Robert Griffith’s pointed out that this had been wrongly identified as the Lower Lodge.
Image and text reproduced with the kind permission of HSLC.
Images and text reproduced with the kind permission of The Historic Society of Lancashire and Cheshire. Any reproduction must have the approval of the society.
You can read the full transaction here: http://www.hslc.org.uk/documents/PDFS/1936.pdf
Bakers Shore Cottage, from Robert Griffiths’ book.
The Historic Society of Lancashire and Cheshire
The society has an amazing resource of 150 journals published since 1849 that are available for viewing online. The society started “for the purpose of establishing a society for collecting, preserving, arranging and publishing such historical documents, antiques specimens of ancient and medieval art, etc. as are connected with counties Paletine of Lancaster and Chester”.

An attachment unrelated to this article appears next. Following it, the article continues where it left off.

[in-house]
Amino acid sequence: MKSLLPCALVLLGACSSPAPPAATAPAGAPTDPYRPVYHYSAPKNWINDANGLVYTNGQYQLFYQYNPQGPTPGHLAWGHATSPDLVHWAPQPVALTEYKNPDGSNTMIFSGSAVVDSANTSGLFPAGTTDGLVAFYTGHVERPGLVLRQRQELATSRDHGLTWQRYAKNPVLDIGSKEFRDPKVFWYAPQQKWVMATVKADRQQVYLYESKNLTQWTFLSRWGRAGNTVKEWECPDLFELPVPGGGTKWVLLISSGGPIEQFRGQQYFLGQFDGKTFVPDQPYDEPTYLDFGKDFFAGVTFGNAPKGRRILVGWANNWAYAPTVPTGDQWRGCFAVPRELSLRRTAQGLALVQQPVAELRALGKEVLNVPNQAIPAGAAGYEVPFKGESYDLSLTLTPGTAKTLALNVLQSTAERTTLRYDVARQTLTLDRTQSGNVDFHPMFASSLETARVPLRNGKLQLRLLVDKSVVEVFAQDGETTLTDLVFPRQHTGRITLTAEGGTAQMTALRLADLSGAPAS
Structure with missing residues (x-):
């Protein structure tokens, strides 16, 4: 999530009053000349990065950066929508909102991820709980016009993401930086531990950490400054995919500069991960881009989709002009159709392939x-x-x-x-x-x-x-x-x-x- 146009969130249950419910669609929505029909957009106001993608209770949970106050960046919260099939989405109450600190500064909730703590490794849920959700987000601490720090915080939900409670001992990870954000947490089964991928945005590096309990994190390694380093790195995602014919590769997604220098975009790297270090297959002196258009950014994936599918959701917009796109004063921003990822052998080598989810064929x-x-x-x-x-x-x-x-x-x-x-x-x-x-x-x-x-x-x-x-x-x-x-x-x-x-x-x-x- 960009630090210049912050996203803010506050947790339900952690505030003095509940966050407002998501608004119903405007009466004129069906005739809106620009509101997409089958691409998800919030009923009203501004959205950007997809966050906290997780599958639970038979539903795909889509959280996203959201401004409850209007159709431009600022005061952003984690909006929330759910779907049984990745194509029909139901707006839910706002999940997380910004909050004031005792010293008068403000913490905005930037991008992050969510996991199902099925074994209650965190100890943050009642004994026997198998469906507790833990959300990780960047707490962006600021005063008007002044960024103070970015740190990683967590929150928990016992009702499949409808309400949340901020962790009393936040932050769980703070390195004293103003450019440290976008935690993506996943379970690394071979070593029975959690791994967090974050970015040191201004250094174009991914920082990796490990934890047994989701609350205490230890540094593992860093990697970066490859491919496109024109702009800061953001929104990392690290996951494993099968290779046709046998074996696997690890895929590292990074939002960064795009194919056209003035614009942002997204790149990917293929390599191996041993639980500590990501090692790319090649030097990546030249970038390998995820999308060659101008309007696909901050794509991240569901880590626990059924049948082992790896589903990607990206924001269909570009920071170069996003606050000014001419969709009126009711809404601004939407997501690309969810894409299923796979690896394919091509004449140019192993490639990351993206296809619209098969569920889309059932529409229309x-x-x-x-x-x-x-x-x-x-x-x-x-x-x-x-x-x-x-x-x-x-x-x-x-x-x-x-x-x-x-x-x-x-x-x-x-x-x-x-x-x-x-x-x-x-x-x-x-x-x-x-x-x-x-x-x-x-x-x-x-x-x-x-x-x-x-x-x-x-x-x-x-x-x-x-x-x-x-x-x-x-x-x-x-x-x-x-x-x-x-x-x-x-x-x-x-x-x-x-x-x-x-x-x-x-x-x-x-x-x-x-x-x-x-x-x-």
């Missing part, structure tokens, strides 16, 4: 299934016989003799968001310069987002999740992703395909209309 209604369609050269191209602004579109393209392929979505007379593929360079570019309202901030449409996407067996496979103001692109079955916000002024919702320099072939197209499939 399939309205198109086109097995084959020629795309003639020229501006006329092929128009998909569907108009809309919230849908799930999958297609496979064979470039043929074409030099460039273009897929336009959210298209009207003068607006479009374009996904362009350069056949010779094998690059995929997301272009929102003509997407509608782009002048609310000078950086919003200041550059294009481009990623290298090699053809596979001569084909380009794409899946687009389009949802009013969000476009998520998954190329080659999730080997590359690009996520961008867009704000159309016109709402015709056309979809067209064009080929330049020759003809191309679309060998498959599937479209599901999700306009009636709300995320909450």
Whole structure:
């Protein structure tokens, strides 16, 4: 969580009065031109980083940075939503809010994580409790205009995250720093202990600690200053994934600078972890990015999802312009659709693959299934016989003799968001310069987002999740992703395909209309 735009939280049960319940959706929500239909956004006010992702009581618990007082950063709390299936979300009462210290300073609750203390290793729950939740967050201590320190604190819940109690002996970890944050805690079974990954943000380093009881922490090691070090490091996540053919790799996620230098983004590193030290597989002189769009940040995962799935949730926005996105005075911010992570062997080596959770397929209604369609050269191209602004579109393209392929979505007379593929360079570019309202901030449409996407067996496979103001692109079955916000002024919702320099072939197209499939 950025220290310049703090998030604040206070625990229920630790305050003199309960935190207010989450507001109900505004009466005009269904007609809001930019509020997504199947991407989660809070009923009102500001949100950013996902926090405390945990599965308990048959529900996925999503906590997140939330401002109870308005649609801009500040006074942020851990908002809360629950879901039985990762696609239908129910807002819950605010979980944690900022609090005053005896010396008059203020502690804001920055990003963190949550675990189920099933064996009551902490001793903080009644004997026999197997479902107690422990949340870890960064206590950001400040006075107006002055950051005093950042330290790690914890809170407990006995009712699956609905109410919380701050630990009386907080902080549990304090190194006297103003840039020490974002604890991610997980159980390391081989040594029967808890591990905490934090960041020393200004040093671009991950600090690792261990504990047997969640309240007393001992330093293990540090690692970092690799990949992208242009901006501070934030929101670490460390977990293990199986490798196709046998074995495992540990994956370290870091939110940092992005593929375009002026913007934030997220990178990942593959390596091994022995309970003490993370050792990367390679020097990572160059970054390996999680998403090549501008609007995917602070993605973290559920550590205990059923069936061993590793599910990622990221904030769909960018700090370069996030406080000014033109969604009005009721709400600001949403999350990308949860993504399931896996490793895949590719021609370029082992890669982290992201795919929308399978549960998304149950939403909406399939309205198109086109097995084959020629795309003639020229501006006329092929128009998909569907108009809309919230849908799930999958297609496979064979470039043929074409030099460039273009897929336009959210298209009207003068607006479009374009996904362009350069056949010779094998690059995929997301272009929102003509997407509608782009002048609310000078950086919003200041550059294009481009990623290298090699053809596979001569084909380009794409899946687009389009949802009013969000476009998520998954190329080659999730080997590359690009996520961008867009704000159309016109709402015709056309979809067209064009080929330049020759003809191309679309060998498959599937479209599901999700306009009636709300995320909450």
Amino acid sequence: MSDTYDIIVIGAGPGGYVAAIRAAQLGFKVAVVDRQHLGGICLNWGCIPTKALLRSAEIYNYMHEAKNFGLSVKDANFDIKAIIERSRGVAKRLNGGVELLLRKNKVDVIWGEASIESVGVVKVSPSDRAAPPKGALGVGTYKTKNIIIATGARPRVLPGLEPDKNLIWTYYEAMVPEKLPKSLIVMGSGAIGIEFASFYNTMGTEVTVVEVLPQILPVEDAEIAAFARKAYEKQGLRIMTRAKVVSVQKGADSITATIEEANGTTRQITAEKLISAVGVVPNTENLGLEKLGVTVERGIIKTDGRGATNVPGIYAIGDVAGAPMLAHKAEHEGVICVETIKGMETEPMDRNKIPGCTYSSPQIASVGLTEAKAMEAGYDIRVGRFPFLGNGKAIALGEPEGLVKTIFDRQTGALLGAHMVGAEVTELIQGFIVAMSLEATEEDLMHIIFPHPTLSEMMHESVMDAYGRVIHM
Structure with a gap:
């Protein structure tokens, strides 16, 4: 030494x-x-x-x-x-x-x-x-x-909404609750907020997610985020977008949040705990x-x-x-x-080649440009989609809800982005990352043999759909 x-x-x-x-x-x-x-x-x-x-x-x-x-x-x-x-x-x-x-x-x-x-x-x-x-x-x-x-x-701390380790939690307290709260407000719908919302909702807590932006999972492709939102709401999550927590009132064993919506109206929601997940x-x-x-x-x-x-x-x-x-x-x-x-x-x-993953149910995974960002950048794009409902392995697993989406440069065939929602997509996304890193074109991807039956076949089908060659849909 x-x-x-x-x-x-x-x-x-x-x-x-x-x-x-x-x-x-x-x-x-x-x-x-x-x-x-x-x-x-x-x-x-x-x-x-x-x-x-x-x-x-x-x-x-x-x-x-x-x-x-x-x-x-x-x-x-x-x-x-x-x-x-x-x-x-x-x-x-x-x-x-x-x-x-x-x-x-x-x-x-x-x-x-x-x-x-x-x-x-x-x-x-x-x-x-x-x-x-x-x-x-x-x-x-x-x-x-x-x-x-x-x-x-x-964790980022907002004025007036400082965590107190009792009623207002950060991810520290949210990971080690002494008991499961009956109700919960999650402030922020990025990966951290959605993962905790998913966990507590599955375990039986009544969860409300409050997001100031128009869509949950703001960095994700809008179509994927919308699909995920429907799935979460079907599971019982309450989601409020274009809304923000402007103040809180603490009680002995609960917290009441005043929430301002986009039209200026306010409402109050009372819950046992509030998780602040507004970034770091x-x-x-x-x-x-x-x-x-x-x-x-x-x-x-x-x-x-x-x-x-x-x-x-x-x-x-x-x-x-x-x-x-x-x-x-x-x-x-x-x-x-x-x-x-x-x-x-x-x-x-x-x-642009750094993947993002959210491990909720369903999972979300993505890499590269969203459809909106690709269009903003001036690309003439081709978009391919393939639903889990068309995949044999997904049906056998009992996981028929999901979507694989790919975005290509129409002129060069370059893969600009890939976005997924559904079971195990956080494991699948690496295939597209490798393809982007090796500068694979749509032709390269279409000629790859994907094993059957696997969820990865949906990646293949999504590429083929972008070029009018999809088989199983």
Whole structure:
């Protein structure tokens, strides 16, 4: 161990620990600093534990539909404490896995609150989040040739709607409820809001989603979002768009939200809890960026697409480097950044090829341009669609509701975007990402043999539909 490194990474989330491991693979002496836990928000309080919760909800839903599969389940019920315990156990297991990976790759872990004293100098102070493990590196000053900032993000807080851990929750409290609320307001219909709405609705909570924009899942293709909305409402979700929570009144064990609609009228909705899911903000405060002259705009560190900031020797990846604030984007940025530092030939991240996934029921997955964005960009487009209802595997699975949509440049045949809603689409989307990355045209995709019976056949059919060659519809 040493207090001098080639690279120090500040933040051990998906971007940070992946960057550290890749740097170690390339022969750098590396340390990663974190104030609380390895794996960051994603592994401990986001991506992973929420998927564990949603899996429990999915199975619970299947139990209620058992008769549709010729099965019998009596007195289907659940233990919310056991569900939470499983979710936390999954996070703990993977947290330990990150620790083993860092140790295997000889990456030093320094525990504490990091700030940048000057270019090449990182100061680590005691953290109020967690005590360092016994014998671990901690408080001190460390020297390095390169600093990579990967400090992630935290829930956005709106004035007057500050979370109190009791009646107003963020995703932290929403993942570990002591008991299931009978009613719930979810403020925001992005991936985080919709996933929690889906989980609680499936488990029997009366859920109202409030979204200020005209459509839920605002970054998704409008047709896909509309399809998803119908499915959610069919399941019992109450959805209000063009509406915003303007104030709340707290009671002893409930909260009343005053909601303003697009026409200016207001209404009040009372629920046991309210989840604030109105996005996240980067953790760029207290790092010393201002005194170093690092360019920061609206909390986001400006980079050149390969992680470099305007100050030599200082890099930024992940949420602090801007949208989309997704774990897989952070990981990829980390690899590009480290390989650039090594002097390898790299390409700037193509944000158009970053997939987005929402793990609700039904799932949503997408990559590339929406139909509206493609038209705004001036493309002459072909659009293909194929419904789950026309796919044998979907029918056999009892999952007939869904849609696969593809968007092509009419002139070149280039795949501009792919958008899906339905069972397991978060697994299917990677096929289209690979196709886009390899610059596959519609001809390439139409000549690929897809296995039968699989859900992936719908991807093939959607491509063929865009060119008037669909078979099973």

I wish to thank the society for proving such an important archive and for their permission to repoduce content on this post.
In the earliest census for Toxteth Park in 1841, over 200 years after the birth of Horrocks, there are still Aspinwalls living at Lower Lodge. Ellen Aspinwall aged 20, John aged 6, Alfred aged 6, Benjamin aged 4 and Albert aged 1.
1841 Census for Toxteth Park, Lower Lodge
The now derelict Otterspool station is located between that of St Michaels and Aigburth. You can still see the station from Jericho Lane and, if you keep your eyes peeled, from the window of the train on the Hunts Cross to Southport line. It is so overgrown it is easy to miss, as it is obscured by overgrow trees.